But what is the chess public’s opinion? Well I was expecting faster time controls to be very popular. It is certainly pushed on the largest chess website – chess.com – where they have ‘Bullet Brawls’, rapid ‘Titled Tuesdays’ and video commentary advocating fast chess. But a recent survey on that website surprised me. The survey read:
Yes, rapid and blitz are clearly the future of chess, and soon. (16%)
No, classical chess still has a lot of play left to it. (43%)
I don’t know, but I hope so. I love rapid chess. (11%)
I don’t know, but I hope not. I prefer longer chess games. (27%)
They should go even further and add mostly blitz and bullet. (3%)
This shows that most respondents (70%) favour the existing long time controls. This is doubly surprising because at least 90% of chess.com games are 10mins or less and 97% are less than 40 mins. There is an option to ‘discuss’ the survey and here many people echo my sentiment that at the highest level chess should be slow so that it can reflect, as well as possible, the highest level of thinking.
It seems that speed chess is the most popular to play because it is exciting, risky and will give you an adrenaline rush. Playing speed chess is also useful for getting used to a wide variety of games and respondents cited that they played speed chess to improve their ability at longer format games. But it appears that people respect and value the intellectual aspect of the game above all else – even if a player can fall asleep during a world championship match.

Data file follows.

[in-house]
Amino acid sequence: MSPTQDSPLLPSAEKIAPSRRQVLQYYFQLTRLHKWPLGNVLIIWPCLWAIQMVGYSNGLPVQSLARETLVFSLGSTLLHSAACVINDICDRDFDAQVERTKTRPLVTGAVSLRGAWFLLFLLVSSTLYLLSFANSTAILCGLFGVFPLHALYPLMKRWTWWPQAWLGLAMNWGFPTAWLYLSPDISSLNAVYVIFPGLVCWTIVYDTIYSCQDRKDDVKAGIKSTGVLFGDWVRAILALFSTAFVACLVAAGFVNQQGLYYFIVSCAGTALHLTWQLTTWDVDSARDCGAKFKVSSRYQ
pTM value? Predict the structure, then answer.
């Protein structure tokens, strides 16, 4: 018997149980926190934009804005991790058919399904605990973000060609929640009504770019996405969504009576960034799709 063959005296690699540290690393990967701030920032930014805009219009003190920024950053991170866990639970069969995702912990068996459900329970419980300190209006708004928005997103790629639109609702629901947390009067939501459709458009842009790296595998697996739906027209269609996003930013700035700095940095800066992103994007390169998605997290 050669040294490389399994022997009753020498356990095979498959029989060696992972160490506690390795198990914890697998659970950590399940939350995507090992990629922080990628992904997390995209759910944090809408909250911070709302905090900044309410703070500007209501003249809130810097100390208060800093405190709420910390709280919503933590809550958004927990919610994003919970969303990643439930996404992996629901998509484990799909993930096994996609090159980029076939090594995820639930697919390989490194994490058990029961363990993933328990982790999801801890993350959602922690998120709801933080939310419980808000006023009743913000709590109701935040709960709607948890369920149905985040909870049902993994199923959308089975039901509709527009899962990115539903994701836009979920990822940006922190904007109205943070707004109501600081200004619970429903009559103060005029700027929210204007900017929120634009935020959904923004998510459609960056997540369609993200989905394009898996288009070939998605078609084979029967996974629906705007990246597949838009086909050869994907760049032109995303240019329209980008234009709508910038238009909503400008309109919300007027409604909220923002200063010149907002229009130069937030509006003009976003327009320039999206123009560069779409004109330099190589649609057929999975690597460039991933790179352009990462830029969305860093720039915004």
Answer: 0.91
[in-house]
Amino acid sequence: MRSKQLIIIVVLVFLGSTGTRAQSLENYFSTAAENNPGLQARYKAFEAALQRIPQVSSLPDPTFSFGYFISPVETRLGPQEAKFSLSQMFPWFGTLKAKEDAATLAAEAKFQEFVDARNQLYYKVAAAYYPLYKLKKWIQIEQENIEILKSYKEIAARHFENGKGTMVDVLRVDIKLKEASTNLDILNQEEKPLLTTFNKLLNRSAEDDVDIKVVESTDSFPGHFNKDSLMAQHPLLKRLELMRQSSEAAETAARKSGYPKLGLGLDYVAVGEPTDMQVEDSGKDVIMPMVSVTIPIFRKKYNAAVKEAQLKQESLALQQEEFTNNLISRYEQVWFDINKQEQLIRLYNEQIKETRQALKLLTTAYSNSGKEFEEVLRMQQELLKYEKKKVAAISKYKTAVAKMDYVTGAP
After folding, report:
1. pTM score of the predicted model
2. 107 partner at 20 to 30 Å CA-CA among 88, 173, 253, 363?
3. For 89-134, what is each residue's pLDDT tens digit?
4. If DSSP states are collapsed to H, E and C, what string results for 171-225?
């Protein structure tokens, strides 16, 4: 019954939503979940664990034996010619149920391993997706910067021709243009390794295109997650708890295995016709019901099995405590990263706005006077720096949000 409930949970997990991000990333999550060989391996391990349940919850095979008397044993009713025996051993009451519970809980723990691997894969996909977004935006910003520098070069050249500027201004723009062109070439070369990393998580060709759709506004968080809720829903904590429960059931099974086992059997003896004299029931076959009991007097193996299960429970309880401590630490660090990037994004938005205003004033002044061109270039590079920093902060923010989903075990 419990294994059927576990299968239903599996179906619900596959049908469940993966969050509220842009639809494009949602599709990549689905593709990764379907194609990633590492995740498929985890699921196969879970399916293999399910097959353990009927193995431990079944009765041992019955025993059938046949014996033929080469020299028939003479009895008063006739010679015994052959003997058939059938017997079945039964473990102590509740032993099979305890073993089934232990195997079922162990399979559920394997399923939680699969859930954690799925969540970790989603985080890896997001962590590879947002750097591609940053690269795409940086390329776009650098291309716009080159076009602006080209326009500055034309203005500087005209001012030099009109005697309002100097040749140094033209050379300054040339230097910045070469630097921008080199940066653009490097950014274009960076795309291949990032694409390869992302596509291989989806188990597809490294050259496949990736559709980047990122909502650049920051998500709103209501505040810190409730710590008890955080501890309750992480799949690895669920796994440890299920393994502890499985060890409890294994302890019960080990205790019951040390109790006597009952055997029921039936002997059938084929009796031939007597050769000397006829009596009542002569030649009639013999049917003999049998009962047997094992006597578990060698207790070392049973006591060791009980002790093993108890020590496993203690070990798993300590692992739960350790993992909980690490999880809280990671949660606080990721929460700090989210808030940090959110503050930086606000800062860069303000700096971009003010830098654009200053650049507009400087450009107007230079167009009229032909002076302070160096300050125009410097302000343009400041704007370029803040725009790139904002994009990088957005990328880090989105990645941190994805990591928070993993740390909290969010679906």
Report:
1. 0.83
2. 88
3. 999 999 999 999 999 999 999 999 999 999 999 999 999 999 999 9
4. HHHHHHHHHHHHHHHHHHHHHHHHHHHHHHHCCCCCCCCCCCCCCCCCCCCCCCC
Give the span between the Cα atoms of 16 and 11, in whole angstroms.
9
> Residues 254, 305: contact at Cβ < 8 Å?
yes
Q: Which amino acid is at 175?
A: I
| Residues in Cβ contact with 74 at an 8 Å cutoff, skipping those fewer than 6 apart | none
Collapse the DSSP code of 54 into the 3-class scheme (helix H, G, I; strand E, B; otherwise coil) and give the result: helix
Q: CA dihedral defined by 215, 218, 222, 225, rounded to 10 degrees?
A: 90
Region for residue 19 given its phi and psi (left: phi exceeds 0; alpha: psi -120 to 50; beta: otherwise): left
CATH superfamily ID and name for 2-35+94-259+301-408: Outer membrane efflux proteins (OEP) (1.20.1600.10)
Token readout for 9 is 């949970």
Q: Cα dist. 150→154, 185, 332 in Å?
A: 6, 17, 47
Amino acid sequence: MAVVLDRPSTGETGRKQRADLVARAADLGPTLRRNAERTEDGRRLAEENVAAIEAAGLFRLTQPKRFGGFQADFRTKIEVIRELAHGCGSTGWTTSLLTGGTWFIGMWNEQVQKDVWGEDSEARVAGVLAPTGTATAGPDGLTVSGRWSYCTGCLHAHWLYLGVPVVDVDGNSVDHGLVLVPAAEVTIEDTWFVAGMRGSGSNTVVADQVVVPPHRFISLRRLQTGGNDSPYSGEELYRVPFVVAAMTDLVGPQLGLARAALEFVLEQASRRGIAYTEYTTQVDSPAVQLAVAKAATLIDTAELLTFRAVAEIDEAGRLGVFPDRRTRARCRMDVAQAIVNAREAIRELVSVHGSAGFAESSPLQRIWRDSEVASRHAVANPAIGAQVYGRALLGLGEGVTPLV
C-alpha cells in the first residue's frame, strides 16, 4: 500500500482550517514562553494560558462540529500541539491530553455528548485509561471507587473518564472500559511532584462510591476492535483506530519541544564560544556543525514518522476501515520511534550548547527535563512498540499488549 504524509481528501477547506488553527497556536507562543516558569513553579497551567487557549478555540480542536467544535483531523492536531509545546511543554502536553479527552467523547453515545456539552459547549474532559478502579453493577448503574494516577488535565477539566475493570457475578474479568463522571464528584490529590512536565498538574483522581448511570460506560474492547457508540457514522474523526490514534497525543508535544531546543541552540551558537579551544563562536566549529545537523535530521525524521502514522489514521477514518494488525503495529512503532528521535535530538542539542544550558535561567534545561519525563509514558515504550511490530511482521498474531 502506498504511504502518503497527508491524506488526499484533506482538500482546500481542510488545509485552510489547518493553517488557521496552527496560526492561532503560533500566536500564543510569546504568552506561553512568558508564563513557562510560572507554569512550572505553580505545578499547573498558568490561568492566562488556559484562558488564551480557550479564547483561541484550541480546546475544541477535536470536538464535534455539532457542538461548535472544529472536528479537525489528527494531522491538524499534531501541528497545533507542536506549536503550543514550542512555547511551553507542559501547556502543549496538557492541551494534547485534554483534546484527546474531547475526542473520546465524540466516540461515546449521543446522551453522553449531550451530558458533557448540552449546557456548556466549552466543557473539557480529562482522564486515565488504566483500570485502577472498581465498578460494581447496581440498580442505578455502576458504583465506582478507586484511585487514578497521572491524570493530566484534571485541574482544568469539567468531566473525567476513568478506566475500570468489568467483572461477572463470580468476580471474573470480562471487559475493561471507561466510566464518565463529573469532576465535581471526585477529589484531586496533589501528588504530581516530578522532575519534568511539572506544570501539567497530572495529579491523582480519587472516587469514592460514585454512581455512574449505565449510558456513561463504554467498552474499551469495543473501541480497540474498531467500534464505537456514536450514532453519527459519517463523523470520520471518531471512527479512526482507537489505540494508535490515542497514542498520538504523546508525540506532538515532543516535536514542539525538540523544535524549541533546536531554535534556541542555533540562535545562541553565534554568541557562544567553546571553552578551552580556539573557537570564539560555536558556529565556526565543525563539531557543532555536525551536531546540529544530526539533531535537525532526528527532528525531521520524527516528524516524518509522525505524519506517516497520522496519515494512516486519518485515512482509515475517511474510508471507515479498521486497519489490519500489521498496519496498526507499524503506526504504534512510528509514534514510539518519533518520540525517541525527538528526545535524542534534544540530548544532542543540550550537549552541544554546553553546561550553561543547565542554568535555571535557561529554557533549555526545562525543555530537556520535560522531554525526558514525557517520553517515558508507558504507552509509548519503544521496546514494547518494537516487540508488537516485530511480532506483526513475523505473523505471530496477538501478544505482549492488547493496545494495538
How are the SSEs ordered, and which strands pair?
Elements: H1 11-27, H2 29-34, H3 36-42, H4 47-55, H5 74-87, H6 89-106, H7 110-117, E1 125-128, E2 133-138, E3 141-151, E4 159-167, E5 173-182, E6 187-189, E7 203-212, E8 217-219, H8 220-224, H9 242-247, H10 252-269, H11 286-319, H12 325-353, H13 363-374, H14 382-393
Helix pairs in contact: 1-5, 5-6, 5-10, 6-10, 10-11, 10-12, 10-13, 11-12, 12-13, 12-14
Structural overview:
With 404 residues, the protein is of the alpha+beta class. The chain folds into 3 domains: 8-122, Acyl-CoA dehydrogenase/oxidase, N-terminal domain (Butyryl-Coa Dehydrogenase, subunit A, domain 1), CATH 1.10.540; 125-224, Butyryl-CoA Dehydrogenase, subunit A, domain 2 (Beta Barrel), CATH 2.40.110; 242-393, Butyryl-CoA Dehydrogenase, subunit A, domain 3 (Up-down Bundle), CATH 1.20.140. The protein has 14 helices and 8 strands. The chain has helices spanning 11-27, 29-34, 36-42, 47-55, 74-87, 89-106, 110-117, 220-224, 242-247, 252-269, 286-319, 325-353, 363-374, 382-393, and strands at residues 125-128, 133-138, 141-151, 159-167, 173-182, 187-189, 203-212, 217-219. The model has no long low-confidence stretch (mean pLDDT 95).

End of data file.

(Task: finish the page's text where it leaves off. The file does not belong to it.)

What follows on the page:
I think there is a good chess scene in Melbourne and I am enjoying a blog called ‘coffeehouse chess’ which often reports on what is going on, here is the link . A recent post showed this game which I thought was totally mad and brilliant. I don’t know if it’s typical of the way chess is going but it I’d like to think it is. It seems to be more of a powerhouse of tactics than a game where positions are built up. This could also be because of the age of the players where perhaps their minds are less closed to unsafe games. The winner, in this case, being a 13 year old, playing white, who is playing a 17 year old IM
Tabia, or tabiya, is an arabic word I recently discovered, it is a position in chess that immediately follows a known opening. To a couple of beginners it might be a simple position reached after a couple of moves, eg the start of the Ruy Lopez as shown above, to a strong player a tabia would be a much more advanced position. I have been working from tabias so that I can get a feel of what a middlegame for a given opening will be like. I do this by setting up a position on a computer and then playing against the computer. I do this over and over and eventually typical themes appear. I then do this again but I get the computer to suggest my moves to make sure I’m not missing any ideas. Finally I repeat the process without the computers help and I feel that my understanding of the middlegames are much clearer. A side benefit of this is that I am more familiar with different middlegames and I feel more flexible transposing from one type of game to another. An example of this would be shifting from a flanking French opening to a Sicilian set up or an English Defense to a Dutch Defense if the position felt like it was moving in that direction.